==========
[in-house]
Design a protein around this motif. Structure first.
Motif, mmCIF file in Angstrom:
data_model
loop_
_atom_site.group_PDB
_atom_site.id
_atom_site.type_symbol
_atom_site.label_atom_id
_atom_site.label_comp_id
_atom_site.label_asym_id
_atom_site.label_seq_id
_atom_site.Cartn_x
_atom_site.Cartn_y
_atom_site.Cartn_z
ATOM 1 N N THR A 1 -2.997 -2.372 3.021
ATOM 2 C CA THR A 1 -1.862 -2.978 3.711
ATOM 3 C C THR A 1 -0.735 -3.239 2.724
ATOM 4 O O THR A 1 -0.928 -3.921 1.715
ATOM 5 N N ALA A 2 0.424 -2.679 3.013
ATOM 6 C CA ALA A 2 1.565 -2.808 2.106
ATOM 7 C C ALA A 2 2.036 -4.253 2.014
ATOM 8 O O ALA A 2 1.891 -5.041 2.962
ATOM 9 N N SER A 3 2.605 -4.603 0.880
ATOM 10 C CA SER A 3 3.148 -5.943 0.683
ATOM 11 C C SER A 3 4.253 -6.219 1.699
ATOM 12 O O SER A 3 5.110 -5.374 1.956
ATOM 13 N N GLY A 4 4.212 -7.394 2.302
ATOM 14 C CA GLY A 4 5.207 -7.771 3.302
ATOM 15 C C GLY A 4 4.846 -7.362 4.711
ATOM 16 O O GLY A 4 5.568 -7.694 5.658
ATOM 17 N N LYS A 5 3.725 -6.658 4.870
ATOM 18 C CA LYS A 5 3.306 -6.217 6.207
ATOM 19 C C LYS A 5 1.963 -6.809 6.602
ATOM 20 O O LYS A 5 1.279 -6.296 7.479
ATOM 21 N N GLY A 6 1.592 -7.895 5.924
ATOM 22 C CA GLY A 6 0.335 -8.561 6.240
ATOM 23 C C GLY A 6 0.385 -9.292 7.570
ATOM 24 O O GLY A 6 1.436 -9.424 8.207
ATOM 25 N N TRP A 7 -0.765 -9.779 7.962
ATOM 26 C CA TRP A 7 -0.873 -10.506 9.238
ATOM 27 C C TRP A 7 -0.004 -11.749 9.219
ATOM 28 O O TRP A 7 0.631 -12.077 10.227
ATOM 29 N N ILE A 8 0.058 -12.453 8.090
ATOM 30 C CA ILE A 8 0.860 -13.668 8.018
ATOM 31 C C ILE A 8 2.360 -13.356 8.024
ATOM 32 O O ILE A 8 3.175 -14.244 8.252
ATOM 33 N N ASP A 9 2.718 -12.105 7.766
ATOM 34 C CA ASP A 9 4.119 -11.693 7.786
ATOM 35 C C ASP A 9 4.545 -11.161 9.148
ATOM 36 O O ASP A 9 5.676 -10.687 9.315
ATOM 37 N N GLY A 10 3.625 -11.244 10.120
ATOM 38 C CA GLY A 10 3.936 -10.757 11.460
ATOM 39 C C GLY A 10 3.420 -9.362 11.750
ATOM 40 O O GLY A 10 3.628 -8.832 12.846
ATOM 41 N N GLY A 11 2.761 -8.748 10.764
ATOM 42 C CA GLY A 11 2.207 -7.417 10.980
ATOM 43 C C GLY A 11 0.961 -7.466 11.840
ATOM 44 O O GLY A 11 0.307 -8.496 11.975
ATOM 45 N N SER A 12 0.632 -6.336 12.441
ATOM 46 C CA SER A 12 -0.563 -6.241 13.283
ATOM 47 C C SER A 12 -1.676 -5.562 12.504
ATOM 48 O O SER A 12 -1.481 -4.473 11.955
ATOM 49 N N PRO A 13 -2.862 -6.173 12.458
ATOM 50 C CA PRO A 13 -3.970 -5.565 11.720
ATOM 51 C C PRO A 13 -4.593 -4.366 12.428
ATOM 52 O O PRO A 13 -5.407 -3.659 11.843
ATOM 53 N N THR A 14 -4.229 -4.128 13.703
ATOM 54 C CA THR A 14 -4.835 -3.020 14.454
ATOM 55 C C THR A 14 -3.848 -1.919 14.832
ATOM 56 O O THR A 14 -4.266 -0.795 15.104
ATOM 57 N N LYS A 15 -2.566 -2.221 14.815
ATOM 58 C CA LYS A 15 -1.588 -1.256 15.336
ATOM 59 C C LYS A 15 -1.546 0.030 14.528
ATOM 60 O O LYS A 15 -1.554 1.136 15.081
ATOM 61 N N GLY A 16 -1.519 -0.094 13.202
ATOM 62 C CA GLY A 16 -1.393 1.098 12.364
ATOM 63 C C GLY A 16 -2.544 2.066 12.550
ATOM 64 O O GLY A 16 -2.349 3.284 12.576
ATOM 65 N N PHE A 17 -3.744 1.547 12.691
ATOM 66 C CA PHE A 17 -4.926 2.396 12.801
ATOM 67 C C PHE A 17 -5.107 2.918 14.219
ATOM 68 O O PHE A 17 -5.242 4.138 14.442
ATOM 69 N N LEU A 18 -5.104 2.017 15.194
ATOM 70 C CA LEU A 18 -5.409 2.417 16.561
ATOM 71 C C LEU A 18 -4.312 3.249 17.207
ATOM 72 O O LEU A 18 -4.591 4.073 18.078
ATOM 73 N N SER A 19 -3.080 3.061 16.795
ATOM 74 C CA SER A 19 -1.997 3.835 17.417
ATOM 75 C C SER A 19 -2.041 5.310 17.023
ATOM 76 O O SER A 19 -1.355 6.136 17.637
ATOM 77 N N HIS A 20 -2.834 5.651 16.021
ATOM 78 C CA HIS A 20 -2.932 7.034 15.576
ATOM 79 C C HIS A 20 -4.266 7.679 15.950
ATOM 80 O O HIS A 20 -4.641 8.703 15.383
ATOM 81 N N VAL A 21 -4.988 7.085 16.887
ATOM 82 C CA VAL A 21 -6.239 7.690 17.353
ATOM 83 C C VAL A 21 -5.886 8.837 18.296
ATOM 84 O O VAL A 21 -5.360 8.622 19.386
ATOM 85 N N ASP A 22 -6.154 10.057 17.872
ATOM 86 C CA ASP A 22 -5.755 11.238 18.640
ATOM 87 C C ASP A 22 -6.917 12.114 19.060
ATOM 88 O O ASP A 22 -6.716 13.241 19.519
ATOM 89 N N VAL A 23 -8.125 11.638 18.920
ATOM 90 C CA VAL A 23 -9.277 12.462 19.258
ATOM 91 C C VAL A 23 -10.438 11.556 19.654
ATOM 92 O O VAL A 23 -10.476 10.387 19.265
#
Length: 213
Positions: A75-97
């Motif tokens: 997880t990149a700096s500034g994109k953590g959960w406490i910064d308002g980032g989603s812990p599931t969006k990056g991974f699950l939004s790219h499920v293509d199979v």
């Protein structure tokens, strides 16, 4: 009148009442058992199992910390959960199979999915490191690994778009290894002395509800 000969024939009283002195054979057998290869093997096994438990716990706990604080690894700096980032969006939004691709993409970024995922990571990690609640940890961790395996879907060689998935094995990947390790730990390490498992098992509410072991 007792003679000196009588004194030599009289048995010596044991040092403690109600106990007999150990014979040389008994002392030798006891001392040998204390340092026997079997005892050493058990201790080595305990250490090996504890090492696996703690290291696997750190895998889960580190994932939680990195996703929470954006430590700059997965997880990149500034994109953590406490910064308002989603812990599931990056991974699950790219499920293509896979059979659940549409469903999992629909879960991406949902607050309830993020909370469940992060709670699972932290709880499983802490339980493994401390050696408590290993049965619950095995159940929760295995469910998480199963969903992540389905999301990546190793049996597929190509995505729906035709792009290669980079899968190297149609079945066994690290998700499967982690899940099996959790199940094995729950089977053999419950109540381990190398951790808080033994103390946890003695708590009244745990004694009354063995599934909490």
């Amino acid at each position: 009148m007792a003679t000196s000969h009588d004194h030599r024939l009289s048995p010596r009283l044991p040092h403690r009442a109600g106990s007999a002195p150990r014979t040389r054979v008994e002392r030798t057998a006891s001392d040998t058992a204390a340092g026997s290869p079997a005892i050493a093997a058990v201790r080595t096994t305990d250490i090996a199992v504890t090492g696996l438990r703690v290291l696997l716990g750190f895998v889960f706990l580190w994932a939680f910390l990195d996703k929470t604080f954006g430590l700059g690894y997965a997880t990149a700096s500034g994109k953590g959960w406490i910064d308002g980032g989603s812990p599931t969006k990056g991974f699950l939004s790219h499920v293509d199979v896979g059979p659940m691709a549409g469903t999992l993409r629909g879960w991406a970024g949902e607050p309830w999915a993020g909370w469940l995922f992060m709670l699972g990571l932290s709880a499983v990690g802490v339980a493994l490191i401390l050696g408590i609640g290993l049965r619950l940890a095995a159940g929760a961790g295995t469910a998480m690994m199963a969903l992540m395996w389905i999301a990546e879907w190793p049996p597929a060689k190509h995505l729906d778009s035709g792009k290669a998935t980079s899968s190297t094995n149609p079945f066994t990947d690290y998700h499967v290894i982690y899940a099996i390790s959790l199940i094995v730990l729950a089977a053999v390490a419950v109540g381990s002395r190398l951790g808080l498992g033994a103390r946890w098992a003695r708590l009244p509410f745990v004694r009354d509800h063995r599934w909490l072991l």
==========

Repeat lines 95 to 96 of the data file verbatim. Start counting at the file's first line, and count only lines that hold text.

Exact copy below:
ATOM 80 O O HIS A 20 -4.641 8.703 15.383
ATOM 81 N N VAL A 21 -4.988 7.085 16.887